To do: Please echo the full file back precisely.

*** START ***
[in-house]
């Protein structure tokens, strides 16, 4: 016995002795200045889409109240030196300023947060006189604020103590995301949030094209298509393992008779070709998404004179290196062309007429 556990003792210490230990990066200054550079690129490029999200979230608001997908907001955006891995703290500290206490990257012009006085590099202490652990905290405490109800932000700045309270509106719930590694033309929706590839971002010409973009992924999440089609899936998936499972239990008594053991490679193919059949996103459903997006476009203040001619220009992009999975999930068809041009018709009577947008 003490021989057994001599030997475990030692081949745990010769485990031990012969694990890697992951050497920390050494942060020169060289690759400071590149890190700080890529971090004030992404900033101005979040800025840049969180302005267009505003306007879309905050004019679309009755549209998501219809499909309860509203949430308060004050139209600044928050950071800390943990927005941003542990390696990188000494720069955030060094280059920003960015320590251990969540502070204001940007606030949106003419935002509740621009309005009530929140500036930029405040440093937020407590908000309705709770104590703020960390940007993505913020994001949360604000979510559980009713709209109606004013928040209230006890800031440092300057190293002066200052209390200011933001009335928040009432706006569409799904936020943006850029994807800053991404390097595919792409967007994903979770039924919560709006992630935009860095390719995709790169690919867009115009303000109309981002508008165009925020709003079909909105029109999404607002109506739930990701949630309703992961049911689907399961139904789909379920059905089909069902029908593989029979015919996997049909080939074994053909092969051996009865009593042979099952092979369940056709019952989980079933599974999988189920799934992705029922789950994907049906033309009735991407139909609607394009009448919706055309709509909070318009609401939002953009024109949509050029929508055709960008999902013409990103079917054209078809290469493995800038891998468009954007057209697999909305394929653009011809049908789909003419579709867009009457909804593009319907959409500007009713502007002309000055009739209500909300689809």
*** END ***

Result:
[in-house]
């Protein structure tokens, strides 16, 4: 016995002795200045889409109240030196300023947060006189604020103590995301949030094209298509393992008779070709998404004179290196062309007429 556990003792210490230990990066200054550079690129490029999200979230608001997908907001955006891995703290500290206490990257012009006085590099202490652990905290405490109800932000700045309270509106719930590694033309929706590839971002010409973009992924999440089609899936998936499972239990008594053991490679193919059949996103459903997006476009203040001619220009992009999975999930068809041009018709009577947008 003490021989057994001599030997475990030692081949745990010769485990031990012969694990890697992951050497920390050494942060020169060289690759400071590149890190700080890529971090004030992404900033101005979040800025840049969180302005267009505003306007879309905050004019679309009755549209998501219809499909309860509203949430308060004050139209600044928050950071800390943990927005941003542990390696990188000494720069955030060094280059920003960015320590251990969540502070204001940007606030949106003419935002509740621009309005009530929140500036930029405040440093937020407590908000309705709770104590703020960390940007993505913020994001949360604000979510559980009713709209109606004013928040209230006890800031440092300057190293002066200052209390200011933001009335928040009432706006569409799904936020943006850029994807800053991404390097595919792409967007994903979770039924919560709006992630935009860095390719995709790169690919867009115009303000109309981002508008165009925020709003079909909105029109999404607002109506739930990701949630309703992961049911689907399961139904789909379920059905089909069902029908593989029979015919996997049909080939074994053909092969051996009865009593042979099952092979369940056709019952989980079933599974999988189920799934992705029922789950994907049906033309009735991407139909609607394009009448919706055309709509909070318009609401939002953009024109949509050029929508055709960008999902013409990103079917054209078809290469493995800038891998468009954007057209697999909305394929653009011809049908789909003419579709867009009457909804593009319907959409500007009713502007002309000055009739209500909300689809």